Devon

Bantham village sale raises fears for future

Bantham beach, Devon
Image caption Surfing spot Bantham beach is mainly free of commercial exploitation

The sleepy village of Bantham in south Devon is waking up to a new era.

After nearly 100 years in the hands of the same family, the picture-postcard seaside settlement is to be sold next year by its owners, Evans Estates.

Rosemary Jeffrey, 79, was born in Bantham and still lives there, selling lettuces, sprigs of mint and eggs from a table outside her front door.

Apart from the local pub, The Sloop Inn, her honesty box is the only evidence of commercialism in the village.

Bantham, as everyone who spoke testified, is that kind of place.

Image caption Ryan Hooper said the Evans family had nurtured the estate "like their back garden"

But selling this 750-acre piece of real estate - with a reported price tag of about £10m - has created uncertainty among villagers about what the future will hold.

At least 20 homes in the village are occupied by people who lease them from Evans Estates, such as Mrs Jeffrey.

The estate's properties are easily identifiable because all the window frames are painted green.

Tenants of a row of thatched estate homes, called The Cottages, were reluctant to talk but include a number of families with young children.

Estate ethos

One tenant, who declined to be named, said: "The Evans family haven't gone for exploitation, but it makes you wonder if the next landlord will be so benign."

The family made their money in coal mining and bought the Bantham estate in 1922.

Since then they have "loved and nurtured Bantham, like their back garden", according to estate manager Ryan Hooper.

Image caption A row of thatched estate cottages in the village are rented to tenants

The estate's ethos had been "bringing life to the village", which explained why many tenants were young families.

Tim Hunt and wife Helen were walking their dog on the beach, a honey pot for surfers, walkers and families.

And they could probably have spent most of the day walking on the 750 acres of the Evans Estate which takes in the river valley, the golf club on the western side of the River Avon and the river itself.

Bantham had been a centre for smuggling and the tin industry down the centuries with ships sheltering in its natural harbour, shielded from the weather by huge dunes.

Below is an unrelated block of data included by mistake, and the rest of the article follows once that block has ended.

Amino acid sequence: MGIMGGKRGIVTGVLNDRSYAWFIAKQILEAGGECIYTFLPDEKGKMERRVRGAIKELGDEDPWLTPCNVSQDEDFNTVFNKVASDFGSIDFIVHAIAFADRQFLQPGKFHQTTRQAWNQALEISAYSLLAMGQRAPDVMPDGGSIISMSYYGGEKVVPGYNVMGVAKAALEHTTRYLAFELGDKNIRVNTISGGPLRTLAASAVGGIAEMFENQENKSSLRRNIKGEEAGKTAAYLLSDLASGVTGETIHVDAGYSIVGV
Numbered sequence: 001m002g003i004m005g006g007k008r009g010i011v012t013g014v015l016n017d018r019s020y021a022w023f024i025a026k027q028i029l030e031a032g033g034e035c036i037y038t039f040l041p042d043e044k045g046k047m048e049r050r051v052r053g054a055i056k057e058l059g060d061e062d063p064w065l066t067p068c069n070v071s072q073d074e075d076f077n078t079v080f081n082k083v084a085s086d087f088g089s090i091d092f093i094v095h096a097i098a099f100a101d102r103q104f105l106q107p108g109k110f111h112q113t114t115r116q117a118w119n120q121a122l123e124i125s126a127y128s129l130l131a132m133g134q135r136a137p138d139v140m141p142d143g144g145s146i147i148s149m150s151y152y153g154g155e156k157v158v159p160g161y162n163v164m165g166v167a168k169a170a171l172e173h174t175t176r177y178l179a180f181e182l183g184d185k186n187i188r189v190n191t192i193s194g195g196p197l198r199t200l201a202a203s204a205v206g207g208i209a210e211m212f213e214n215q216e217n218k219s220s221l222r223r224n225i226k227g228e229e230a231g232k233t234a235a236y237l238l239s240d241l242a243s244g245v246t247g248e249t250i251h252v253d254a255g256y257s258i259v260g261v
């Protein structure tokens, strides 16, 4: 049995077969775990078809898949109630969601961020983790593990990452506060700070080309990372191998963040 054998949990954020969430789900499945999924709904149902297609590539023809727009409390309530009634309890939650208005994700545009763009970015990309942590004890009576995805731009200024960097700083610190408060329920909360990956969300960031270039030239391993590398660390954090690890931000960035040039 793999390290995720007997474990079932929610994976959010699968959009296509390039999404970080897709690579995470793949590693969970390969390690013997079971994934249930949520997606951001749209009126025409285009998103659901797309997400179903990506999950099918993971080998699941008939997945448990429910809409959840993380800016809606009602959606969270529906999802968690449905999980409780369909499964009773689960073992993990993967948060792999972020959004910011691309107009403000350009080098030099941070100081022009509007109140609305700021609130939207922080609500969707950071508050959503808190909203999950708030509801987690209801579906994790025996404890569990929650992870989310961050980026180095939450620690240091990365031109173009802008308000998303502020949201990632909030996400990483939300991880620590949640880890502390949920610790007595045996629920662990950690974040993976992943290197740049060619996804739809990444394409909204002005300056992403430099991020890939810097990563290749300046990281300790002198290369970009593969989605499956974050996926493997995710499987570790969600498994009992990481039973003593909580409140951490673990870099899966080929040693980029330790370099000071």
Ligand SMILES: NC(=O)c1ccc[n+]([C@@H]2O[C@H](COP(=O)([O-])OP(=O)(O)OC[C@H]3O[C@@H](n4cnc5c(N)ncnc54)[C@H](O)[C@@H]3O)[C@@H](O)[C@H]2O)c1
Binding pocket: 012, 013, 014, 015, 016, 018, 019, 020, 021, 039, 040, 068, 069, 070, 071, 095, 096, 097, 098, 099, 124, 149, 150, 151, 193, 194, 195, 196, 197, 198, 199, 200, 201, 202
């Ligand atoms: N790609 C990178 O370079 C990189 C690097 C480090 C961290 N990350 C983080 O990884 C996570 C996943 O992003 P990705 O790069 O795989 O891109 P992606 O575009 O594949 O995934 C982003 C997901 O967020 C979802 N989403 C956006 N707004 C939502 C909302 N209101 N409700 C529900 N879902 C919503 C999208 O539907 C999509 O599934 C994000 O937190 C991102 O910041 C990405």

On the beach, surfers were making the most of the beach break at Bantham, the best known surfing spot in south Devon.

'Insecure moment'

"It is a really special place, full of artists, surfers, people with businesses, normal people," said Mr Hunt.

Image caption The estate dominates the area around the River Avon at Bantham

He said that keeping local people in the village was "really important for the fabric of the whole area".

"But it's a really insecure moment," he said.

"It could be sold to anyone and it will come down to who has the most money.

"We have taken it for granted that it would stay in the Evans' Estates."

Apart from the £5 summer entry free, the beach is mainly free from commerce which many surfers are grateful for.

'Difficult decision'

Apart from a surf school and a mobile cafe in the summer, there are no cafes, restaurants and bars, unlike many other Devon seafronts.

"It's a wild beach," said surfer Josie Cuffe.

"And we'd like it to stay that way."

James Baker of estate agents Strutt and Parker, which is handling the sale, said that the directors of the estate wanted to sell it one lot.

"The directors had a very difficult decision to sell," he said.

"Our job is to find the right buyer and the directors prefer someone who is going to keep the estate in the manner of the current owners. That is very important to them.

"They have preserved the beauty and tranquillity that everyone enjoys at Bantham and they hope the new buyer will continue in the same vein."

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